BAGHDAD - Militants on Monday targeted polling stations across much of Iraq and a crowd of Kurds jubilantly dancing on the street as soldiers and security forces cast ballots two days ahead of parliamentary elections, officials said. The attacks, including a suicide bombing northeast of Baghdad, left at least 46 people dead.
The wave of attacks was an apparent attempt to derail the balloting process and discourage the rest of the country's 22 million registered voters from going to the polls on Wednesday in the first nationwide elections since the 2011 withdrawal of U.S. forces.
The early balloting for police and soldiers is meant to free up the one-million-strong military and security forces so they can protect polling stations and voters on election day.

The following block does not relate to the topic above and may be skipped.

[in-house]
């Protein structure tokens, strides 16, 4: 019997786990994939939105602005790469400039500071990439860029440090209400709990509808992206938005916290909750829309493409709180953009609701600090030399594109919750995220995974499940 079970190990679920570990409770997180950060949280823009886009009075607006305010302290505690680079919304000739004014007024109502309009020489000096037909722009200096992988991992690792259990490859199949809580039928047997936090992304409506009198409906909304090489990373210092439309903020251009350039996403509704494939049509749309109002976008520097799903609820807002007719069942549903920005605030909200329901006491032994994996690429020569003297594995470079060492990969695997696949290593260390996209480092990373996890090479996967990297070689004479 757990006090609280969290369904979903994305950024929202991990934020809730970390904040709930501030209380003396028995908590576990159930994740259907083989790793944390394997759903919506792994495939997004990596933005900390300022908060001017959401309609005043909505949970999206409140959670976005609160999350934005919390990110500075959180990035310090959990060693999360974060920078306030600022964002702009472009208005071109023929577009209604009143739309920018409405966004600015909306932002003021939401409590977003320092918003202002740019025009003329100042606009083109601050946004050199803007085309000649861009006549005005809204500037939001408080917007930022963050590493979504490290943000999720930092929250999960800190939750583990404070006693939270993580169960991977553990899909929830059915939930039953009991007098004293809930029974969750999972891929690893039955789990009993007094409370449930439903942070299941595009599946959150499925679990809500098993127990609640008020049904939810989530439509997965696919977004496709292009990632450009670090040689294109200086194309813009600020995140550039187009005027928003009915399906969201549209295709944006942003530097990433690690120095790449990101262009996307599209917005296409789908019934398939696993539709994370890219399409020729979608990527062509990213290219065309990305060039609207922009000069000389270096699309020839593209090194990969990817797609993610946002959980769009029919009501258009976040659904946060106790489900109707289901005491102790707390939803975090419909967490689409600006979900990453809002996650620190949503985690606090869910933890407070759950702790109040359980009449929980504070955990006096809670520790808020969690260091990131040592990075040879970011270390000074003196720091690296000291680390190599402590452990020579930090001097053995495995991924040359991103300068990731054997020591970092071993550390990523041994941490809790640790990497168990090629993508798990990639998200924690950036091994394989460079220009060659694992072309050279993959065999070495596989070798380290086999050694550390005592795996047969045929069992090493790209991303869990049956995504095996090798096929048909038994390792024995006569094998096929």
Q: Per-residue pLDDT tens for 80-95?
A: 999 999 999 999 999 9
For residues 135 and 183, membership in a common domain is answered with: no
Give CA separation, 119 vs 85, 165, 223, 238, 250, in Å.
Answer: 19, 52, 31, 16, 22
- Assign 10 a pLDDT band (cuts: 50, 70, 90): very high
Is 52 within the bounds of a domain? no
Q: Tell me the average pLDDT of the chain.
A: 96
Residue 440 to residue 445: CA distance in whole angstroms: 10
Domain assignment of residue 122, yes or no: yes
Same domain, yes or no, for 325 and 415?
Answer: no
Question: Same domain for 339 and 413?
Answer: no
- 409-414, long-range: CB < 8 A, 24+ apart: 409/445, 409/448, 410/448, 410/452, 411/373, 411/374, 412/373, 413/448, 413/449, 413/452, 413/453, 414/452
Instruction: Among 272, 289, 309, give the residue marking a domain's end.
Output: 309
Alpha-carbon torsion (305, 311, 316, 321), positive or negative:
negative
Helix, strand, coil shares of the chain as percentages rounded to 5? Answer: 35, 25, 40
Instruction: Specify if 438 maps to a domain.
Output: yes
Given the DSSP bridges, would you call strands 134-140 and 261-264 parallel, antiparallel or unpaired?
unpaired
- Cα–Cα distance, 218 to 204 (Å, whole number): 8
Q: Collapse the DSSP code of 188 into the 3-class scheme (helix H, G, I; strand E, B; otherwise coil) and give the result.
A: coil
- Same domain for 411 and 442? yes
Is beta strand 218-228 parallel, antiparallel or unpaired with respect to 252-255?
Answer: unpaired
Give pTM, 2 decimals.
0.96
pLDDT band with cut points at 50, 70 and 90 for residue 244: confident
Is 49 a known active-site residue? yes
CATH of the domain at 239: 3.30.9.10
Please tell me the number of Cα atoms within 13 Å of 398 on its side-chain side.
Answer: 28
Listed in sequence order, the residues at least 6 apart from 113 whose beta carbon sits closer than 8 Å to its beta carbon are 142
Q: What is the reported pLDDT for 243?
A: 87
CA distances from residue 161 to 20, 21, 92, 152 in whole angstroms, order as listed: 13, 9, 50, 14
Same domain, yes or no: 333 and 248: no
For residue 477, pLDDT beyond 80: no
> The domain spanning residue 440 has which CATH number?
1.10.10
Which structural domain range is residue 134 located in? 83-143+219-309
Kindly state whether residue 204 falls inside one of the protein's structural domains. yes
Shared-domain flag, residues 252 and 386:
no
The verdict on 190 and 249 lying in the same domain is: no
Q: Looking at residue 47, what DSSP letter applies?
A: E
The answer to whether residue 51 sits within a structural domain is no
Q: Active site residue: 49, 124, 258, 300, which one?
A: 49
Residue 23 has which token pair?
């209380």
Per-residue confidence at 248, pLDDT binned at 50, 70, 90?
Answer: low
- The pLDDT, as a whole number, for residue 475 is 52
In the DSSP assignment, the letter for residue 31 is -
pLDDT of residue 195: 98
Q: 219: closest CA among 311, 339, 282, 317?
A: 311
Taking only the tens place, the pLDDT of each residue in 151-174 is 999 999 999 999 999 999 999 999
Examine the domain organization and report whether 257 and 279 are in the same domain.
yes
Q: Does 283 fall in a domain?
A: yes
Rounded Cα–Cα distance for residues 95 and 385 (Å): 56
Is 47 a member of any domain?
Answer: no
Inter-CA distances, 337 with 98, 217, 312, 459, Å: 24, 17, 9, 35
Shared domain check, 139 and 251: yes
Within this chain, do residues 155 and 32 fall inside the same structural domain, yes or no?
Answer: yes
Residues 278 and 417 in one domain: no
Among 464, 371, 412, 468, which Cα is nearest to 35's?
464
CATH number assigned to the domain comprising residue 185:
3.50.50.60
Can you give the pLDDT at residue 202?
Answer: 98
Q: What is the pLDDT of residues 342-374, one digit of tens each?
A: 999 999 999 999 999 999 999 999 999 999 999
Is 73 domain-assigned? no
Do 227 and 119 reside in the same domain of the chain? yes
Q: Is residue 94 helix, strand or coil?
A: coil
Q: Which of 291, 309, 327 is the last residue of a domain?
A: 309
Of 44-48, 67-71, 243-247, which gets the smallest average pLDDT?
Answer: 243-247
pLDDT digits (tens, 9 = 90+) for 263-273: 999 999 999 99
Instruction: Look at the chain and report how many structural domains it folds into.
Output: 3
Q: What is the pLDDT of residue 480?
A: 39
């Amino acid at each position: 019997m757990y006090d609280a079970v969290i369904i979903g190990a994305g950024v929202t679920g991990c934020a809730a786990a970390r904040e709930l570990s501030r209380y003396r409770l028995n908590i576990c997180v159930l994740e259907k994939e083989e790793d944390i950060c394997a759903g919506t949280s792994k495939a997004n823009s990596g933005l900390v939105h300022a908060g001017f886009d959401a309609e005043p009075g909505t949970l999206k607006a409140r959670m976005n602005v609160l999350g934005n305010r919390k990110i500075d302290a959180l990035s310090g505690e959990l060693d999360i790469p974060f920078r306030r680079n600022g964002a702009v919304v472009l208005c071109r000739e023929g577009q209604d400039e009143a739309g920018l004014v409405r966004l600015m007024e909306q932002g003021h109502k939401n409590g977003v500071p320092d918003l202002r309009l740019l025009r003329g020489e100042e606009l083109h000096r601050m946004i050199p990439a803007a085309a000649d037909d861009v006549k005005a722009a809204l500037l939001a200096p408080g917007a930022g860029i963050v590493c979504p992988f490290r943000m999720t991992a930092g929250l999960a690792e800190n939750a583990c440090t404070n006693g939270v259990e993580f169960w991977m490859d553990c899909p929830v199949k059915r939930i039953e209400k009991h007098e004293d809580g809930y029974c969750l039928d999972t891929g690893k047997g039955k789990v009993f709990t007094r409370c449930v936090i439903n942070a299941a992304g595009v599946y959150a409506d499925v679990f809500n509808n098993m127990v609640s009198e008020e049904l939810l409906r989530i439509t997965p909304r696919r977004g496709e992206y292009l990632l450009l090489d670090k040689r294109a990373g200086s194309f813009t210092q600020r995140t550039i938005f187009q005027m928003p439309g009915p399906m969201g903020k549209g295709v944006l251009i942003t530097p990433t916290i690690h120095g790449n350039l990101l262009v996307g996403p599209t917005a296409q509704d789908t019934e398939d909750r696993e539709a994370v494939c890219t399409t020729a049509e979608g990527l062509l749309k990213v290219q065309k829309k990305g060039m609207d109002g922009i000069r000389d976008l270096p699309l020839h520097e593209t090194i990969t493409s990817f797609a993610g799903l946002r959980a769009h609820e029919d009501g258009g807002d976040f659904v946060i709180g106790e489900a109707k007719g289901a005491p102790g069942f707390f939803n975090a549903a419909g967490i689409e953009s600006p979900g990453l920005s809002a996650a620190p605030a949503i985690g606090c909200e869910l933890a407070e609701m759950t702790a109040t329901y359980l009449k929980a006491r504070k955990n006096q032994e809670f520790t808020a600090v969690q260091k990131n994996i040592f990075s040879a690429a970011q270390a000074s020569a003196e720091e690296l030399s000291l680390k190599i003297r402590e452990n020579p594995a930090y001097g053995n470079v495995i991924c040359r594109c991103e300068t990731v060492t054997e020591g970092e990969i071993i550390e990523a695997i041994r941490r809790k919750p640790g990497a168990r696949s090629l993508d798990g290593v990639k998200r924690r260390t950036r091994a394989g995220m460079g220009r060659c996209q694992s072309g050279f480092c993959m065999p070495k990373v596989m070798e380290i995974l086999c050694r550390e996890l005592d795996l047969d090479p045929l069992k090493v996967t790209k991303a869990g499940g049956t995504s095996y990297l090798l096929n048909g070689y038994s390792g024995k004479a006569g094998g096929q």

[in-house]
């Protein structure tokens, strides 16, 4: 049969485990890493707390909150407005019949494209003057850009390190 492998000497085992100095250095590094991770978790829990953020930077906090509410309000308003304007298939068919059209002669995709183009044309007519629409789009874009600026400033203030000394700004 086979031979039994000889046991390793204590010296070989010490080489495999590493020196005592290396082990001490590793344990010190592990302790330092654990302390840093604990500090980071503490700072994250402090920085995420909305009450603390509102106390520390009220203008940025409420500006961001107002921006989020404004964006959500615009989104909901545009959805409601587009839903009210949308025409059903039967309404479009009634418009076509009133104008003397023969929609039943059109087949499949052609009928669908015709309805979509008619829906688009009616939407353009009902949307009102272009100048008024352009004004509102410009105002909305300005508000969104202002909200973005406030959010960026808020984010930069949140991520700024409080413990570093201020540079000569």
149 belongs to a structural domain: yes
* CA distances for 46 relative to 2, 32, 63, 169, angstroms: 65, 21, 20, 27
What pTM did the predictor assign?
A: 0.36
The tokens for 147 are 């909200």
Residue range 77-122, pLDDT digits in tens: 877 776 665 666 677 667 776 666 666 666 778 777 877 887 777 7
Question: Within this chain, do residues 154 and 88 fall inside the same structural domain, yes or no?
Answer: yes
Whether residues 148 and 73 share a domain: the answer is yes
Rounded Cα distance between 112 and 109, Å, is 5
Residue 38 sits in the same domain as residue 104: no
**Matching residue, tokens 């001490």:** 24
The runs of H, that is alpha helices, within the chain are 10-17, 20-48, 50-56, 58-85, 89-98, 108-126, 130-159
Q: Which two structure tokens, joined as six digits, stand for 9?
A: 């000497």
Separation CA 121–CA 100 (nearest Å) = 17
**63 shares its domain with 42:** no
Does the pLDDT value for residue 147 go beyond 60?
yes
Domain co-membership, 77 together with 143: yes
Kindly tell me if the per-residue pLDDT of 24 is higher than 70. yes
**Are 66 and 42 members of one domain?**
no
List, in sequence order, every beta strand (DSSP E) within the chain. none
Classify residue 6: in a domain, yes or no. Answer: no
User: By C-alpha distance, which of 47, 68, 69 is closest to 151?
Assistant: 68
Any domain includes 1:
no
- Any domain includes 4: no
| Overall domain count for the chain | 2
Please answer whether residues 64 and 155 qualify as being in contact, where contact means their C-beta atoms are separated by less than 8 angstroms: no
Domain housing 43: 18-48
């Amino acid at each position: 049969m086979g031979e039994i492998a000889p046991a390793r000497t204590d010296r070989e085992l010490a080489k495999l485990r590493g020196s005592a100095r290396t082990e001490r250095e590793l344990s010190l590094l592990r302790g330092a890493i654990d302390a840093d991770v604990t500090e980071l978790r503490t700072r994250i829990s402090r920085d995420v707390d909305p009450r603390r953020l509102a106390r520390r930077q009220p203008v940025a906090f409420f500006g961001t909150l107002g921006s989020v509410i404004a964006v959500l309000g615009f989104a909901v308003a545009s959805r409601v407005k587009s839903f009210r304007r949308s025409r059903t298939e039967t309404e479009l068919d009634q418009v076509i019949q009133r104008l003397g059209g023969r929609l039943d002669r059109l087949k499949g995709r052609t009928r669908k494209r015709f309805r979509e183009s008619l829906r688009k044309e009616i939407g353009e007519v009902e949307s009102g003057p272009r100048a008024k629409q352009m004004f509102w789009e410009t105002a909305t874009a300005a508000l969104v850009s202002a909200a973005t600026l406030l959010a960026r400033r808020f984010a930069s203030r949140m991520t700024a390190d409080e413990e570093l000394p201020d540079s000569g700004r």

More than 9,000 candidates are vying for 328 seats in the parliament, which is widely expected to be won by an alliance led by Shiite Prime Minister Nouri al-Maliki, who is likely to seek a third four-year term in office.
The day's worst attack took place in the Kurdish town of Khanaqin, 87 miles northeast of Baghdad close to the Iranian border. A suicide bomber walked toward a crowd of Kurds performing a traditional dance and blew himself up, killing at least 25 and injuring 35.
The Kurds were celebrating the appearance on TV of Iraq's ailing President Jalal Talabani, a Kurd who is being treated in Berlin since December 2012 following a stroke. The nearly 80-year-old Talabani was seen sitting in a wheelchair smiling and waving his index finger, stained purple, flanked by clapping relatives. Few details have been released about the severity of Talabani's illness.
No one claimed responsibility for the attack, which bore the hallmarks of Sunni Arab militants.